Let’s start with the bad news (don’t worry – good news will follow): heart disease is the leading cause of death in America, accounting for approximately 40 percent of deaths annually in the United States. And the higher one’s blood cholesterol level and/or blood pressure, the higher the risk for developing heart disease or having a heart attack. What’s the good news? Many deaths from heart disease are preventable through healthful eating and an active lifestyle. Though the risk factors of age and genetic tendency aren’t in one’s control, it is possible to minimize the risks of heart disease through diet and exercise.
One dietary factor that can help is the consumption of omega-3 fatty acids. Research suggests omega-3 fatty acids from fish, such as tuna or salmon, may reduce inflammation related to heart disease, lower triglyceride levels, and help lower the risk for blocked blood vessels and heart attacks. But how much omega-3 is enough? The American Heart Association and the U.S. Dietary Guidelines recommend two servings of fish a week, about 8 ounces total.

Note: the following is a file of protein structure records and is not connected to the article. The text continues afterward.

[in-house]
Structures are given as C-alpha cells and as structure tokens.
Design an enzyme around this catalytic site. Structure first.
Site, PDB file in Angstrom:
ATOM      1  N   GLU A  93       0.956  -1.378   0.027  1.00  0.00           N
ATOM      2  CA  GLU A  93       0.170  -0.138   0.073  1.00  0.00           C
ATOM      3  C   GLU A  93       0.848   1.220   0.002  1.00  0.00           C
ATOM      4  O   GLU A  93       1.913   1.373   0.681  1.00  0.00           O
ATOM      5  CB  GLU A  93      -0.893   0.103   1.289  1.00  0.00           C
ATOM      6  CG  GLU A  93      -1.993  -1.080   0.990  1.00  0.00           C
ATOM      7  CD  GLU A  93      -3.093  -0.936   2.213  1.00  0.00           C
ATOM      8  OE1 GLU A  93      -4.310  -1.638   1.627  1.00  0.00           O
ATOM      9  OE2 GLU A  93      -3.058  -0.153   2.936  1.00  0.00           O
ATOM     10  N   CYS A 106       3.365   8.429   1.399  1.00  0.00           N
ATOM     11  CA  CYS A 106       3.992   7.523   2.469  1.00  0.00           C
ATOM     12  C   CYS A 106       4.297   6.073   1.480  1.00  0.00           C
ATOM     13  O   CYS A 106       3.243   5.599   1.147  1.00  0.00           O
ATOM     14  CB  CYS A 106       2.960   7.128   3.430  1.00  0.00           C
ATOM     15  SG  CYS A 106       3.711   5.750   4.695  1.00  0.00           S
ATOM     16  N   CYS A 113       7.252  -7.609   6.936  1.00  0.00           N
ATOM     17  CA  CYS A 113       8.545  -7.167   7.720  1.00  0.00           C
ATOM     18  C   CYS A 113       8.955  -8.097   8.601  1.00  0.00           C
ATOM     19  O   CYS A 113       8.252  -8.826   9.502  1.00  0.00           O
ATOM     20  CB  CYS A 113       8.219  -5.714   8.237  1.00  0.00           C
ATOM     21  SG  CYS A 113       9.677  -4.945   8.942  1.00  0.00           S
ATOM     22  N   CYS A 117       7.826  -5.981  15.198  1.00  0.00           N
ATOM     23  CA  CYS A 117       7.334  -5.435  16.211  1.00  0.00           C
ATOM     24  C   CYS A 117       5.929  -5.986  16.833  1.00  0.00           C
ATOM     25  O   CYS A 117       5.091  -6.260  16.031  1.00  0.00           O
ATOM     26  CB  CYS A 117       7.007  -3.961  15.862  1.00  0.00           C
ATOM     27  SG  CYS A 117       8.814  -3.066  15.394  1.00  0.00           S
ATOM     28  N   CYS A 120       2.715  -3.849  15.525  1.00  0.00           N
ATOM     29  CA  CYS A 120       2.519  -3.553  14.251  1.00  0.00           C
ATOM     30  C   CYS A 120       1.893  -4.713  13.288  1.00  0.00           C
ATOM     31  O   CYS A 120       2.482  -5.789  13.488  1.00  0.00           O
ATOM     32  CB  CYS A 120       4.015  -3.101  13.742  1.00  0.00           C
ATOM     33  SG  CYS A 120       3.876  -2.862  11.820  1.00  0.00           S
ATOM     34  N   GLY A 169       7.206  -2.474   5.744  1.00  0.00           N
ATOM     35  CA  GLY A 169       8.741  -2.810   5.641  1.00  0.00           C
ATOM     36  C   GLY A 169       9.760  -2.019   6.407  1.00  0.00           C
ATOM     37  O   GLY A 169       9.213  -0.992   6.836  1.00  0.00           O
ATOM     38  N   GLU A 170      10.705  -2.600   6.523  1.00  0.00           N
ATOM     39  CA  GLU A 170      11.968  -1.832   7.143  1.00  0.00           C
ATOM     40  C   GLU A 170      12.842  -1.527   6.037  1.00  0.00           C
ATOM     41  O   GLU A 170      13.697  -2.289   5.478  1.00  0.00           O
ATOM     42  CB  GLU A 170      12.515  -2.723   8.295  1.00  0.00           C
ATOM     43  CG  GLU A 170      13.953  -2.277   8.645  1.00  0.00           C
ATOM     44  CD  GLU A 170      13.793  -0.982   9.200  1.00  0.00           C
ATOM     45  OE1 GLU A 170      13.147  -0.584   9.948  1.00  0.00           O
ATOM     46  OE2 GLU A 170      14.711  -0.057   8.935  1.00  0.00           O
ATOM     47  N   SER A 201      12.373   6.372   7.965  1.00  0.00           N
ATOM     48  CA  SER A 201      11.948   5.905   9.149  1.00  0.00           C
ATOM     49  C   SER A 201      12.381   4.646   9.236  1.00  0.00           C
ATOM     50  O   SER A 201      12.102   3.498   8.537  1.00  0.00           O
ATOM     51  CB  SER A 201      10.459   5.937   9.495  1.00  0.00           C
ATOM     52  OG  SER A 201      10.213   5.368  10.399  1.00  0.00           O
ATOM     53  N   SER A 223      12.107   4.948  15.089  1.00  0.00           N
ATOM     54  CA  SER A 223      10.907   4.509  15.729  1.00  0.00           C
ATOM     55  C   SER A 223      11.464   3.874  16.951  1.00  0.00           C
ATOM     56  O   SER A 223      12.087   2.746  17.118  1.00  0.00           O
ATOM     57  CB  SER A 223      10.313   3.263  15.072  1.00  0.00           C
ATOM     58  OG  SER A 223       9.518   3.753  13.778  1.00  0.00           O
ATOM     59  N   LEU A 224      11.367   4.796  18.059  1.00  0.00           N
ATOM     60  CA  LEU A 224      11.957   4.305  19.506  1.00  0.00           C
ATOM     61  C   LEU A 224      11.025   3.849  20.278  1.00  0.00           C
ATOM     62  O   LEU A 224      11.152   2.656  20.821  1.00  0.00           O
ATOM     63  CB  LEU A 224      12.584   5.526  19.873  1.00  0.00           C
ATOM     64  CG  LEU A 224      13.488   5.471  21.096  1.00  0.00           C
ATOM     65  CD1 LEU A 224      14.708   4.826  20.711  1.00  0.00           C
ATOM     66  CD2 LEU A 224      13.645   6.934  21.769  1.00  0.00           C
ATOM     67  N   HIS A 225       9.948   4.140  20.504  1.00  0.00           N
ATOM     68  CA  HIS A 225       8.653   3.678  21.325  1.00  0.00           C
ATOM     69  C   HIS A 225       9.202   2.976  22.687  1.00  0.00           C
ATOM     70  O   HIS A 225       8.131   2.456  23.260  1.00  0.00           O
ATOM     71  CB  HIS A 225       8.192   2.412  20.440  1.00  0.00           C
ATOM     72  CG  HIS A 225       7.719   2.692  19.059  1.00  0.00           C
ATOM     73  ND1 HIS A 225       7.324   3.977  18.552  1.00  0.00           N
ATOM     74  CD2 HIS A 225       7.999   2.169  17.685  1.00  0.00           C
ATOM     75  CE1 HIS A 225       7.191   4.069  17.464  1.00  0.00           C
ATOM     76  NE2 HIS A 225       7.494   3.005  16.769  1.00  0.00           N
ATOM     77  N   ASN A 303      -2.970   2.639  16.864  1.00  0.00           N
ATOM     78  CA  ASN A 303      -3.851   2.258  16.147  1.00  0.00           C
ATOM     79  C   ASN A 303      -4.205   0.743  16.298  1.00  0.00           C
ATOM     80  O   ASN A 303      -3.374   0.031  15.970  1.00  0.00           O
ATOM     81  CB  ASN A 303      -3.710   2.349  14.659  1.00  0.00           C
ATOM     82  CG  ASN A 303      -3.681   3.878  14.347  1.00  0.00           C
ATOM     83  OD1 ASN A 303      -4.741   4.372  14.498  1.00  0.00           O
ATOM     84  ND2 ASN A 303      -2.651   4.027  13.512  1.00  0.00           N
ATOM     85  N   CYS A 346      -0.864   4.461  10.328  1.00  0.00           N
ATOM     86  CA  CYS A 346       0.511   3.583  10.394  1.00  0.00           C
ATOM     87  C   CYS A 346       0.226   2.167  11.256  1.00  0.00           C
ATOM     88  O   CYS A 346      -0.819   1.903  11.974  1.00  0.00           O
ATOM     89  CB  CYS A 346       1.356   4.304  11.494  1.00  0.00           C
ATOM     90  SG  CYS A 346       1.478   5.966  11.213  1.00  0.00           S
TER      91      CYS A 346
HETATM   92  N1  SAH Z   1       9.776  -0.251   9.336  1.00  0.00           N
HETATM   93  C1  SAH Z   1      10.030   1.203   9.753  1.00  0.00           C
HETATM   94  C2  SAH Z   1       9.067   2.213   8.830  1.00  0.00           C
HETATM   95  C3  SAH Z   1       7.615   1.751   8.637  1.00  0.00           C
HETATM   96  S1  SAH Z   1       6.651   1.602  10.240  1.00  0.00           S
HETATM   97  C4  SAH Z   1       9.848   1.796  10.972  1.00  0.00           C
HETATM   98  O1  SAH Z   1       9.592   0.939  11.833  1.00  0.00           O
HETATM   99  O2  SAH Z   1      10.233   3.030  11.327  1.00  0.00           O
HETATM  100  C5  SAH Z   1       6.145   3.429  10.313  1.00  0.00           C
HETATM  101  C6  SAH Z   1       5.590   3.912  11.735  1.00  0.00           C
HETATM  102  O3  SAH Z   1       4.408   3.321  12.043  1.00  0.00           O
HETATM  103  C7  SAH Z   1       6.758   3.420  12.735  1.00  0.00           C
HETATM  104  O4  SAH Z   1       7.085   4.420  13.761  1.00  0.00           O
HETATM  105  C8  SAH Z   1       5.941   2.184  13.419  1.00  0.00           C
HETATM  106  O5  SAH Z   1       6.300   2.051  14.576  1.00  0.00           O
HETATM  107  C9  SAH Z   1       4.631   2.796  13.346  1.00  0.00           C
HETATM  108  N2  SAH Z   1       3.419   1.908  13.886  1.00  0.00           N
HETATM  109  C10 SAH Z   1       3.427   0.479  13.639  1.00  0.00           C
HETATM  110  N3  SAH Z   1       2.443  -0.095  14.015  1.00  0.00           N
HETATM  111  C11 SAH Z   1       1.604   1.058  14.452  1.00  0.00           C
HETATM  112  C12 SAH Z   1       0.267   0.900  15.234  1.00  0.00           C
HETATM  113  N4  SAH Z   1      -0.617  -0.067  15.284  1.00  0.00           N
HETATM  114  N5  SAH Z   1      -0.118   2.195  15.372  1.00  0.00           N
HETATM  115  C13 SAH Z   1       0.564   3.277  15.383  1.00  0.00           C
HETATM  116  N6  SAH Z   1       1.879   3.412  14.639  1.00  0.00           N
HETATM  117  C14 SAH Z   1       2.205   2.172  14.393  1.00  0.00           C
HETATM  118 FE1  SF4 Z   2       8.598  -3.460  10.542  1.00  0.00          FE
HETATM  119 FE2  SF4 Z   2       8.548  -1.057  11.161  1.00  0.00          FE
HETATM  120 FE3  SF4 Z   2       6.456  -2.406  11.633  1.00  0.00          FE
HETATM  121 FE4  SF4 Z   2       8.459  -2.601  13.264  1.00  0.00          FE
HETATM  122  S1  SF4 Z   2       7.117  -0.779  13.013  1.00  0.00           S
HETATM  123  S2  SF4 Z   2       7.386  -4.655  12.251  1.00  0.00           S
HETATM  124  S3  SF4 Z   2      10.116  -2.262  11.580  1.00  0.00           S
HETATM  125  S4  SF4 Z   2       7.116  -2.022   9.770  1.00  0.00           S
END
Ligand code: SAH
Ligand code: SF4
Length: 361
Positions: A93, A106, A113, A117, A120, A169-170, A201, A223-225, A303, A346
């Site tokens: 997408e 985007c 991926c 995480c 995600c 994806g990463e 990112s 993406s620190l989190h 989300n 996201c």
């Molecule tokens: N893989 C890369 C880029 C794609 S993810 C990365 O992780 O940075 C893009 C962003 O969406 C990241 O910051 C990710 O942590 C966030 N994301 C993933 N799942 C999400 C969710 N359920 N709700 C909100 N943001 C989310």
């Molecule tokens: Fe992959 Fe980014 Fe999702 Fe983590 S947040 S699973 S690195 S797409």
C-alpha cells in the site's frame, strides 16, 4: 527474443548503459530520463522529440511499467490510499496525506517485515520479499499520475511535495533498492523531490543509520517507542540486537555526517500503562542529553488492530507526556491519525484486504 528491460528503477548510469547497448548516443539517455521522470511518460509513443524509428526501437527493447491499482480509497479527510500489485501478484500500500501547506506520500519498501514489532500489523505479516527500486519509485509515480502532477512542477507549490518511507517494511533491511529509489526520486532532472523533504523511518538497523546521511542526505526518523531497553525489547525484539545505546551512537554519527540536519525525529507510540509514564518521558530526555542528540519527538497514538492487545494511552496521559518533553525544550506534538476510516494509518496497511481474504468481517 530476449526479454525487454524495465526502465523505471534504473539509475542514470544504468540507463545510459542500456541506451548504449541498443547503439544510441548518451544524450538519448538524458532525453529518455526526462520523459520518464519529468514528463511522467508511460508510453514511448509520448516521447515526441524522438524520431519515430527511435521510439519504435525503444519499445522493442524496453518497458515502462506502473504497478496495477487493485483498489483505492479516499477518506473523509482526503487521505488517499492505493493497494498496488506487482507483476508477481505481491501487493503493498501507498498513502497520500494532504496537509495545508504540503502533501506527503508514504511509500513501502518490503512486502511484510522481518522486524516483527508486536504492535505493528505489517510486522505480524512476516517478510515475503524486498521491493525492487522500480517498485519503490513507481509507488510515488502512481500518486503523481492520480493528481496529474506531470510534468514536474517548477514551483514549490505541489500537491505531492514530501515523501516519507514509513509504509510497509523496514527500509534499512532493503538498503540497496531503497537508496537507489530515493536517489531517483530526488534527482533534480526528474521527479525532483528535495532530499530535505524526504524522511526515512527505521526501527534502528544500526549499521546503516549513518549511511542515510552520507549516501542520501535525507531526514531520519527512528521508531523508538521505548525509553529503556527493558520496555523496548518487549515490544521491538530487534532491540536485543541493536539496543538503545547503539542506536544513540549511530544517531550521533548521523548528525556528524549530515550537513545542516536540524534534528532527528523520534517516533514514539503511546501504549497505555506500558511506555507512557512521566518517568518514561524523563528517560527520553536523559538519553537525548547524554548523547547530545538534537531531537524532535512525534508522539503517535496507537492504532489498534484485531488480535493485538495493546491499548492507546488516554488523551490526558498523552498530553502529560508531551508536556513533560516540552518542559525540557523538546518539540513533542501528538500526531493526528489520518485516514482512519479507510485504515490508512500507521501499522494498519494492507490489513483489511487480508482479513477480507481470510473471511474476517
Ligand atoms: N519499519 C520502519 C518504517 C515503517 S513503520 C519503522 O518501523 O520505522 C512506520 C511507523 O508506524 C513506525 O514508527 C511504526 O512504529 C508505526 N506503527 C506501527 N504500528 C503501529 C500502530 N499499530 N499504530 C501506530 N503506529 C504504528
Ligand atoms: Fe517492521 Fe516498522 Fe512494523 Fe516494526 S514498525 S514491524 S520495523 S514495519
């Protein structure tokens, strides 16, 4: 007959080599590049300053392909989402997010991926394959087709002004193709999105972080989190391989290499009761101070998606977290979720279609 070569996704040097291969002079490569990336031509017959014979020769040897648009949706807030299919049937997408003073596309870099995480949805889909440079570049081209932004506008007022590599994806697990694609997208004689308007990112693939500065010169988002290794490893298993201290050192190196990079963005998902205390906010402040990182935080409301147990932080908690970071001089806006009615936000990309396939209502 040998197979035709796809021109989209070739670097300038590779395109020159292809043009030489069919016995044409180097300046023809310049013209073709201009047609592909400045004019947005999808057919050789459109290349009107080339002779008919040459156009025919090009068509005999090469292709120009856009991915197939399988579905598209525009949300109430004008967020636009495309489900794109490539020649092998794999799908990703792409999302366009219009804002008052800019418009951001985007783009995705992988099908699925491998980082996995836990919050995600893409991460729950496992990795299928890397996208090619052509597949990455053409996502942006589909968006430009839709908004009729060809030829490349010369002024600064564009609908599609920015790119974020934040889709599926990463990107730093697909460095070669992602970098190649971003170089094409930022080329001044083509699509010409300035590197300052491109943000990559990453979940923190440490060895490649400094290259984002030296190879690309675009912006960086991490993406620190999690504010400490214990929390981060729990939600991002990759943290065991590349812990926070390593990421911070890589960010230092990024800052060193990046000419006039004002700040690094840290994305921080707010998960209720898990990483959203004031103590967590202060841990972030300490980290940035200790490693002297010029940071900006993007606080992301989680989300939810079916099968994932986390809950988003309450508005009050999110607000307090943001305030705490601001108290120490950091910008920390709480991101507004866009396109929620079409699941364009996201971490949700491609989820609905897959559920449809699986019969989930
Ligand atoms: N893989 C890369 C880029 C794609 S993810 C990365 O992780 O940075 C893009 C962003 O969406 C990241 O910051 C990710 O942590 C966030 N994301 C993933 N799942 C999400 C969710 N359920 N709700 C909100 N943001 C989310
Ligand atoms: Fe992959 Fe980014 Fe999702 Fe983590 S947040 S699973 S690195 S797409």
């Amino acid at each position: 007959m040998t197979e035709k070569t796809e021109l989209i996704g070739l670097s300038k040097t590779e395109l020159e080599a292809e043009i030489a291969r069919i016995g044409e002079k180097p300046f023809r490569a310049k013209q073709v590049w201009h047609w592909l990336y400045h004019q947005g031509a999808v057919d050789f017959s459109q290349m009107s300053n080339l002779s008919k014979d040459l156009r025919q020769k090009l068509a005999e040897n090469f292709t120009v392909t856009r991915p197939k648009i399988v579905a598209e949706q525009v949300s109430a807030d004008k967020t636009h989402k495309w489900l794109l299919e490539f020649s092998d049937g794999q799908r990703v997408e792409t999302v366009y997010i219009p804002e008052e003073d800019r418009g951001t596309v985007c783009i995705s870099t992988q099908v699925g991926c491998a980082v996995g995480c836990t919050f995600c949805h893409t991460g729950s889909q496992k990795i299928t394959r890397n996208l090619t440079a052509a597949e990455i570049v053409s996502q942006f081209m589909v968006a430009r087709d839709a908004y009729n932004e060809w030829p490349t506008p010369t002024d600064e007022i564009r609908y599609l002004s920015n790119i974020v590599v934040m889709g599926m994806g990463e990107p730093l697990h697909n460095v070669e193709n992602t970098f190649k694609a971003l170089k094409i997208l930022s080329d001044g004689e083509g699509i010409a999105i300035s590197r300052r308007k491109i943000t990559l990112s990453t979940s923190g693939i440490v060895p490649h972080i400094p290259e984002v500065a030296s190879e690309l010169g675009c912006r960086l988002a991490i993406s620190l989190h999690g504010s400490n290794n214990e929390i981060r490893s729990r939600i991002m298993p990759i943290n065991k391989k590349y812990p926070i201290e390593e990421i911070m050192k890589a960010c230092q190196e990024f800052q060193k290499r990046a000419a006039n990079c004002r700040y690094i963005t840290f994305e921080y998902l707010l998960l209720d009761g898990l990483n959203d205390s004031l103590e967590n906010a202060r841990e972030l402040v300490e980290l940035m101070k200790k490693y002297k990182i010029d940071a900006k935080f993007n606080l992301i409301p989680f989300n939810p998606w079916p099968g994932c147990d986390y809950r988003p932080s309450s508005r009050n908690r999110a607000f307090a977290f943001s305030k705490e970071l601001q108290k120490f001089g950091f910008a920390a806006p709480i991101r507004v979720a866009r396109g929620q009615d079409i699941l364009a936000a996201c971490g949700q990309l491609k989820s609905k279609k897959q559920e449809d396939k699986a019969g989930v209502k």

Although fish-oil supplements contain omega-3 fatty acids, the American Dietetic Association doesn’t advise them as a dietary supplement for most people, as they won’t undo the damage of an unhealthy diet.
“Food is the preferred source of omega-3s,” said registered dietician Sharon McNerney. “Seafood, in particular, provides other nutritional benefits as well, including selenium, protein and B vitamins. And compared to most meat and poultry, it has less saturated fat.”
Of course, it is recommended that people seek advice specific to them by consulting with their physicians.
Sources: American Dietetic Association, U.S. News & World Report, National Vital Statistics Reports, American Heart Association, The Institute of Medicine, International Food Information Council.